At the end of his fifteen-mile gallop on this hot June day, Napoleon reached the Friedland forest about noon. The wounded from Oudinot's division were passing: "Hurry," they said, "to the aid of our comrades. The Russians are stronger at this moment." And Oudinot himself, his uniform riddled with shot, and his horse streaming blood, exclaimed: "Hurry, Sire, my grenadiers can do no more. But give me a reinforcement and I will throw all the Russians into the water." Oudinot received a reinforcement, which checked the Russian attack. Shortly afterwards Napoleon ordered the French soldiers to rest while he considered what he should do.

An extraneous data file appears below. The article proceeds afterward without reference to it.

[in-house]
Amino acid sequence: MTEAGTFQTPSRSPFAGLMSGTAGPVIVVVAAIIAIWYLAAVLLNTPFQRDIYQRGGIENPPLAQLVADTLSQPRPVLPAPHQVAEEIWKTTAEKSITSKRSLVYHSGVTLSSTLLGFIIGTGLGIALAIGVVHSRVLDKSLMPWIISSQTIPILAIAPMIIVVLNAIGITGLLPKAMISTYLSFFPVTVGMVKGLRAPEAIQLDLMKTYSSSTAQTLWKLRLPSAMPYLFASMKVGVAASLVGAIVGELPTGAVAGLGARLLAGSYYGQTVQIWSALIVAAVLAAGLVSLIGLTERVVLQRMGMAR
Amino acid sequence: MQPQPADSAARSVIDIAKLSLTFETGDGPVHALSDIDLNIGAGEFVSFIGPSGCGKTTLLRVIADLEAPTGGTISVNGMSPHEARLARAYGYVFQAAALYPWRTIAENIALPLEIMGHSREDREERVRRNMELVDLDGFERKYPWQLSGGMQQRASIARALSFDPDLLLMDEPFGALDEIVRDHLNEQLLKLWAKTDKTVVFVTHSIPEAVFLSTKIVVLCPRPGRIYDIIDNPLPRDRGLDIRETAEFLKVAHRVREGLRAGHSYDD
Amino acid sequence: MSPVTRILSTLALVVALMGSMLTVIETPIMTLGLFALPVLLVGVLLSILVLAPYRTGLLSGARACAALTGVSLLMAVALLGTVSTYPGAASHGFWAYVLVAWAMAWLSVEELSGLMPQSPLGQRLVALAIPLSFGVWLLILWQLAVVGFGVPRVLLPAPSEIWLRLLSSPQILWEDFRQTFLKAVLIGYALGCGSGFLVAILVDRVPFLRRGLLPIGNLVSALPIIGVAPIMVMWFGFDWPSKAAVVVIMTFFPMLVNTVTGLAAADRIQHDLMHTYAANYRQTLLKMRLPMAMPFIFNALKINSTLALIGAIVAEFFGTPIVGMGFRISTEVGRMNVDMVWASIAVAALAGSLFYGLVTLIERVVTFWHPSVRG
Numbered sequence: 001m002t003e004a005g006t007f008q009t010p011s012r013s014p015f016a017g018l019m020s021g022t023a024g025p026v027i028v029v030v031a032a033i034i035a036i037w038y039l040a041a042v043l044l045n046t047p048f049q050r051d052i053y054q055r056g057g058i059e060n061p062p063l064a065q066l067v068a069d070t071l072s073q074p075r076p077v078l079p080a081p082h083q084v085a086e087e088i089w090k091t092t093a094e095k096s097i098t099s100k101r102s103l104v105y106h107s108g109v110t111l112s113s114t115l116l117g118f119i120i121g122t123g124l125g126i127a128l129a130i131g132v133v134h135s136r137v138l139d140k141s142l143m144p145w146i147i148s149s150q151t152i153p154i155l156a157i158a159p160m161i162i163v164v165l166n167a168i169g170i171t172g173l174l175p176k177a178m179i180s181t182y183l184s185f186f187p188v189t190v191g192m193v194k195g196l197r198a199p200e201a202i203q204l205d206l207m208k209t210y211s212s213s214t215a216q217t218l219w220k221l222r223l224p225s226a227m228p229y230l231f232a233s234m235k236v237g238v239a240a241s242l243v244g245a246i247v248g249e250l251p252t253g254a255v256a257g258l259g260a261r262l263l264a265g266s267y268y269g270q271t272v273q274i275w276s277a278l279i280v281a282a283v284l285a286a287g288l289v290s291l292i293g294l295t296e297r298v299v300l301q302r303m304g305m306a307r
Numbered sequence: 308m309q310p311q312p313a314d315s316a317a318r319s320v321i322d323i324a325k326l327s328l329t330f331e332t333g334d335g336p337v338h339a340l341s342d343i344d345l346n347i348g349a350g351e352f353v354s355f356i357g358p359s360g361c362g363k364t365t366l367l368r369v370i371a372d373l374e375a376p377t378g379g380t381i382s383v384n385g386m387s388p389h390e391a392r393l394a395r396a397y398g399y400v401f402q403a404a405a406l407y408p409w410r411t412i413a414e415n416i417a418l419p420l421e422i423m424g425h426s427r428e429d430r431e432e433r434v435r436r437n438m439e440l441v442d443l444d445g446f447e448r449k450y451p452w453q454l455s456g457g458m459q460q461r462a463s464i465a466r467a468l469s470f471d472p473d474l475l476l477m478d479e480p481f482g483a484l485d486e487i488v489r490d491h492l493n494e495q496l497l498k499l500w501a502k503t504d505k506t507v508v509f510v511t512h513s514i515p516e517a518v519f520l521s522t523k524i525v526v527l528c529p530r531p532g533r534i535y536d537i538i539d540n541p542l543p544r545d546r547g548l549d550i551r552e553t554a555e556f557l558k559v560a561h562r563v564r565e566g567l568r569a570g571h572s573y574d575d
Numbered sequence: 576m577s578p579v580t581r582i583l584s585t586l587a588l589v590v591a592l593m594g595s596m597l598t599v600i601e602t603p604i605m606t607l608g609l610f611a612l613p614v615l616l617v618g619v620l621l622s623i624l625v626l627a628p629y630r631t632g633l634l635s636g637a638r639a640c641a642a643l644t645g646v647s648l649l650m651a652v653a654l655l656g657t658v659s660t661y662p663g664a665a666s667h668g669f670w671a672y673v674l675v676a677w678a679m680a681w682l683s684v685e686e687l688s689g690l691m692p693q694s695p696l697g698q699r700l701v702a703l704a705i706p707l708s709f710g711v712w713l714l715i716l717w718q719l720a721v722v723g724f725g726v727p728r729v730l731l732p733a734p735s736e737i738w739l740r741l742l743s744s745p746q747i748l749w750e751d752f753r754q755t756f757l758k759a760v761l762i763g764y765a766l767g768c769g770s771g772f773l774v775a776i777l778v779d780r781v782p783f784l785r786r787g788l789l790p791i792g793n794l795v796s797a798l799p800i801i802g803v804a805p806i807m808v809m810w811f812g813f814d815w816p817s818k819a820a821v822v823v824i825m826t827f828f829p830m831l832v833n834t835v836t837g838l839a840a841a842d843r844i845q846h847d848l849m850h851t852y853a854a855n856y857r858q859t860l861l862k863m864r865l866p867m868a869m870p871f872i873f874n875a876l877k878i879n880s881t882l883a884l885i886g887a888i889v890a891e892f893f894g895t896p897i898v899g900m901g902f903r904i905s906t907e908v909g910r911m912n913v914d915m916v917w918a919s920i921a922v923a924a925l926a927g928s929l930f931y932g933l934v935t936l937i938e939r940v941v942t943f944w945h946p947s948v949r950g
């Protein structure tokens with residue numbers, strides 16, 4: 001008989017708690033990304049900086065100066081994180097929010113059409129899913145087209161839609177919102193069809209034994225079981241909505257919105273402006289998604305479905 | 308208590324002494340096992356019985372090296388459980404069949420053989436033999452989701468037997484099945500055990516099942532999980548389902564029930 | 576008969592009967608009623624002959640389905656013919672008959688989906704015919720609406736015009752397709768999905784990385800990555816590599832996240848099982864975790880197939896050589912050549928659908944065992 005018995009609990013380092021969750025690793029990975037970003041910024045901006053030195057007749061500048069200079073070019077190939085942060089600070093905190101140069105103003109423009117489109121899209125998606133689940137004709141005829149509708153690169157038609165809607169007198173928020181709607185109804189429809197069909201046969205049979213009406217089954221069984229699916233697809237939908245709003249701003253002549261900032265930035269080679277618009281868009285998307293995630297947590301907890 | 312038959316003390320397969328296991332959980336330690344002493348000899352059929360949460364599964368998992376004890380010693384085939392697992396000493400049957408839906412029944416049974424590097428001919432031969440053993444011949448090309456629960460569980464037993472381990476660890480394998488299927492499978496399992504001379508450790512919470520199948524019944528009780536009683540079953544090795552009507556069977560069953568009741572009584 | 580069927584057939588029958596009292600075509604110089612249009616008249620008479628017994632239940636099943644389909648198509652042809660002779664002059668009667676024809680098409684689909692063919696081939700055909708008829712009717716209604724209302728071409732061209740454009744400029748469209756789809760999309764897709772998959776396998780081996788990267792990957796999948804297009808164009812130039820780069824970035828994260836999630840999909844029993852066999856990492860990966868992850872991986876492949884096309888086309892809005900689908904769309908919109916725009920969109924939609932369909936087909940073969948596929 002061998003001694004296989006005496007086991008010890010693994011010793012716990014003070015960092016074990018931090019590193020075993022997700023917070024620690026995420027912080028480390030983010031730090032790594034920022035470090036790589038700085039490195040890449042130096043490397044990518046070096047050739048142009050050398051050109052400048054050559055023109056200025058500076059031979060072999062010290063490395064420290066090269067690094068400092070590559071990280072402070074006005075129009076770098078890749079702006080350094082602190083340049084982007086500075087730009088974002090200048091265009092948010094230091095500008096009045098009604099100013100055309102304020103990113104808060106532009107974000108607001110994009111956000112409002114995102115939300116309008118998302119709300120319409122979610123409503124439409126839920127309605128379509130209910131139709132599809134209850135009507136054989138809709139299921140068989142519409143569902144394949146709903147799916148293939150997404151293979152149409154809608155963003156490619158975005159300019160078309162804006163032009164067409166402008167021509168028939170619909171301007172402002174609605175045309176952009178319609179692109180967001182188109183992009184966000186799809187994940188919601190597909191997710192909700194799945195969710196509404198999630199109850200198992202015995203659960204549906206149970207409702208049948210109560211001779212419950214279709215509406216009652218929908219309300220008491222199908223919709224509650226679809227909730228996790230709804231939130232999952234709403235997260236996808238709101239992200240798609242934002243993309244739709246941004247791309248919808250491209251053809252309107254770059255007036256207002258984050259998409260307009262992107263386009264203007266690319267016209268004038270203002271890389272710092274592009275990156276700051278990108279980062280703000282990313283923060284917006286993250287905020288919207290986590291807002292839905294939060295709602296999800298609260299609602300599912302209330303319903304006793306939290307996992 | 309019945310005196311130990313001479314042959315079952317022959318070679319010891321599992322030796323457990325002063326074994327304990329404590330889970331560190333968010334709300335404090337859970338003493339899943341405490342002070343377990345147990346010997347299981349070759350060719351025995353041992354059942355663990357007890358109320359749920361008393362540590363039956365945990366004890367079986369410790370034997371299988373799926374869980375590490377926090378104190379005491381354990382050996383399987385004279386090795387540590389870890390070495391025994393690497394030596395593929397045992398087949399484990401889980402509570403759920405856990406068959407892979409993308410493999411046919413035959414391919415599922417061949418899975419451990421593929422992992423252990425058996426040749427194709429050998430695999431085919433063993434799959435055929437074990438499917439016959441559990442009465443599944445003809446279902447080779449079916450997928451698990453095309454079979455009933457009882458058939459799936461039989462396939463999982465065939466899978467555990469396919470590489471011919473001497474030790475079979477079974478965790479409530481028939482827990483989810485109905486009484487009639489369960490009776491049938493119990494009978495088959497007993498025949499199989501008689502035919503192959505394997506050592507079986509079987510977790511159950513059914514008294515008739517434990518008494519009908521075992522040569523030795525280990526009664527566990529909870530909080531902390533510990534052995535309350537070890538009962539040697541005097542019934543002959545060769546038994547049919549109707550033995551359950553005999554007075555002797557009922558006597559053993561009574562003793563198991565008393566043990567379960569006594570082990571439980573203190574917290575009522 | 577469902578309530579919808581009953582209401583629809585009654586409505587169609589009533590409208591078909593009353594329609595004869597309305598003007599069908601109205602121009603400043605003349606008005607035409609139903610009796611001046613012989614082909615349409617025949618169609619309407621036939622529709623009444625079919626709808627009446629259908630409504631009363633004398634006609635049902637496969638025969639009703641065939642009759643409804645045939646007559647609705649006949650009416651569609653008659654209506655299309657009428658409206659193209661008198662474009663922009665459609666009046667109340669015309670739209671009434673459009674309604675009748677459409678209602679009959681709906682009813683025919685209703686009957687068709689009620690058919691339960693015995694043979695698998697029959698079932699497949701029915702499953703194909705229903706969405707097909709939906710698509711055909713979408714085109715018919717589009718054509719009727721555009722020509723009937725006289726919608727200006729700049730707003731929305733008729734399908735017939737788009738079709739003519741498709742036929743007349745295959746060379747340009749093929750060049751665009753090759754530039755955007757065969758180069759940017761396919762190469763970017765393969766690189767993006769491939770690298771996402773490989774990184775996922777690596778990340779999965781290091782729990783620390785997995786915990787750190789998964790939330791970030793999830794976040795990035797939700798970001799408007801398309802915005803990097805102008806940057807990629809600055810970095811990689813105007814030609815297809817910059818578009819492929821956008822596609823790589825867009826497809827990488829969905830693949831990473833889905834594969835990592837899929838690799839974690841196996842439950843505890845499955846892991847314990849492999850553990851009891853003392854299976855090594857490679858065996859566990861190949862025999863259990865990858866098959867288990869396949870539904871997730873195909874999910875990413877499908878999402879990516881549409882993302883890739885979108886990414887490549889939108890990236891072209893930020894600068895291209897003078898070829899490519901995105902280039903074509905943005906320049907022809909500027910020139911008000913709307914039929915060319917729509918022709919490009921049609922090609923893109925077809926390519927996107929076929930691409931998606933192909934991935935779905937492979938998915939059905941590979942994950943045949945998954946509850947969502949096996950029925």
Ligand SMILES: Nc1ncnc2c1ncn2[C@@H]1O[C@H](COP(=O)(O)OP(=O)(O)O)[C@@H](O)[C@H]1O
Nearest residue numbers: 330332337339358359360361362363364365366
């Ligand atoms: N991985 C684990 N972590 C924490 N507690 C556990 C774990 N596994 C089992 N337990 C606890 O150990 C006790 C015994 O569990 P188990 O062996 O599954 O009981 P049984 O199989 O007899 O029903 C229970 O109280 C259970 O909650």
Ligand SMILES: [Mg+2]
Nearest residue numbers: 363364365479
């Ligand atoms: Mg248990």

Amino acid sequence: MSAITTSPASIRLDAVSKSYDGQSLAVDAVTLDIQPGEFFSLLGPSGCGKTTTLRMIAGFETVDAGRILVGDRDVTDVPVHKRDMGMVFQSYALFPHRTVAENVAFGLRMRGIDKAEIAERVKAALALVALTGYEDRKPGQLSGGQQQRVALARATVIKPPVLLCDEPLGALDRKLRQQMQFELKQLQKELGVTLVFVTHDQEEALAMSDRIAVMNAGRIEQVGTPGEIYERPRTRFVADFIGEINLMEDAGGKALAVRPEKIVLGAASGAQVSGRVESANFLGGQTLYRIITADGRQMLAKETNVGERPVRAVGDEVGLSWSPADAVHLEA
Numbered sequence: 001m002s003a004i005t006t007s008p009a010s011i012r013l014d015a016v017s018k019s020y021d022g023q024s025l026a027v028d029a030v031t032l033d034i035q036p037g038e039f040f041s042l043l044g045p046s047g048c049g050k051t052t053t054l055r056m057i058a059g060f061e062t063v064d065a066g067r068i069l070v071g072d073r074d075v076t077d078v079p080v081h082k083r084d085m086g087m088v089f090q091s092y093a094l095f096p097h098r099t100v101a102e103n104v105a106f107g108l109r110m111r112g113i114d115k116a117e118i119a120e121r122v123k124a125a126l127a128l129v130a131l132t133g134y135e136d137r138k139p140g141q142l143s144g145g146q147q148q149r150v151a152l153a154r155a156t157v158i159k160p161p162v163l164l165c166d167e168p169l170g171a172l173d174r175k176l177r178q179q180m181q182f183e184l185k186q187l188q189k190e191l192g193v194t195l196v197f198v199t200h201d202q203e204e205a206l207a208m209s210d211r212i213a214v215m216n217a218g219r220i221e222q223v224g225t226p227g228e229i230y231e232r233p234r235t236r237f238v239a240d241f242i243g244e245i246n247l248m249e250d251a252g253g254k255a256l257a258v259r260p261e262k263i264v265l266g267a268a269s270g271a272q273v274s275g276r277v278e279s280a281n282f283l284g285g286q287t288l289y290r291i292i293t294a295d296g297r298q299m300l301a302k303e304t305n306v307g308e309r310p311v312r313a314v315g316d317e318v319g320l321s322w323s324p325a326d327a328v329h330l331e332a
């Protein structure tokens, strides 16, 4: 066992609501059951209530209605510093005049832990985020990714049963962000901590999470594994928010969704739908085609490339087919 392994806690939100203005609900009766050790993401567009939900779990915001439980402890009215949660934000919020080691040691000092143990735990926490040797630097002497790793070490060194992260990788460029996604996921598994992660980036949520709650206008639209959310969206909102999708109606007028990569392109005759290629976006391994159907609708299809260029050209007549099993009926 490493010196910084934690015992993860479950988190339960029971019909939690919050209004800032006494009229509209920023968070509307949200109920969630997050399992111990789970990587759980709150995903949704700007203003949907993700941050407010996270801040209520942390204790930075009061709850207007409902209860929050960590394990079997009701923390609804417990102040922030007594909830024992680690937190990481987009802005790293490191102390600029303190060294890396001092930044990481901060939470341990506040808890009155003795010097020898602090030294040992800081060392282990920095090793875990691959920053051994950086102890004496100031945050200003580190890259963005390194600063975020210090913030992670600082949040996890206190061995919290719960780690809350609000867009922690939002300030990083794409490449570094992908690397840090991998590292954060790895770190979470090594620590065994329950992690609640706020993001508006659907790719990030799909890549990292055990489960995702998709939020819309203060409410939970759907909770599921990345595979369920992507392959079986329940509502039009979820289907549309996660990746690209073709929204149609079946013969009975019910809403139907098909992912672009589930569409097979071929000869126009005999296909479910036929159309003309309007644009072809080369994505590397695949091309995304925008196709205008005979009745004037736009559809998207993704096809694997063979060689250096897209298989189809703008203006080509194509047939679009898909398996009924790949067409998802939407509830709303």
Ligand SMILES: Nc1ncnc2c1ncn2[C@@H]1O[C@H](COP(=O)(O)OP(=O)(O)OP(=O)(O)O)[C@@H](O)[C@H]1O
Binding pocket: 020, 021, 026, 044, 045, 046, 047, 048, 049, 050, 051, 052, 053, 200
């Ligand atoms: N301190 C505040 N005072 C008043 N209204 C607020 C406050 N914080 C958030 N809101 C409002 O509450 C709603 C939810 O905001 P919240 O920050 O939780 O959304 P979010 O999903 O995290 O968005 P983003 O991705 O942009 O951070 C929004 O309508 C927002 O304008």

The arrival of Napoleon was not at once perceived by the Russians; but an English officer, Colonel Hutchinson, stationed in a church tower at Friedland, gazing across the plain, past the forest, and down the road which Napoleon had used, observed the coming of long columns of French soldiers, numbered in the tens of thousands. These continued to arrive during the late morning and afternoon, until the forest was "thronged by battalions which advanced upon the edge, and there reposed." From the town of Friedland, and in the late afternoon, the masses appeared "through the interstices of the trees and the partial interruption of the wood of enormous power and extensive depth" like dark clouds in a gathering storm. From the plain before Friedland "the horizon seemed to be bound by a deep girdle of glittering steel."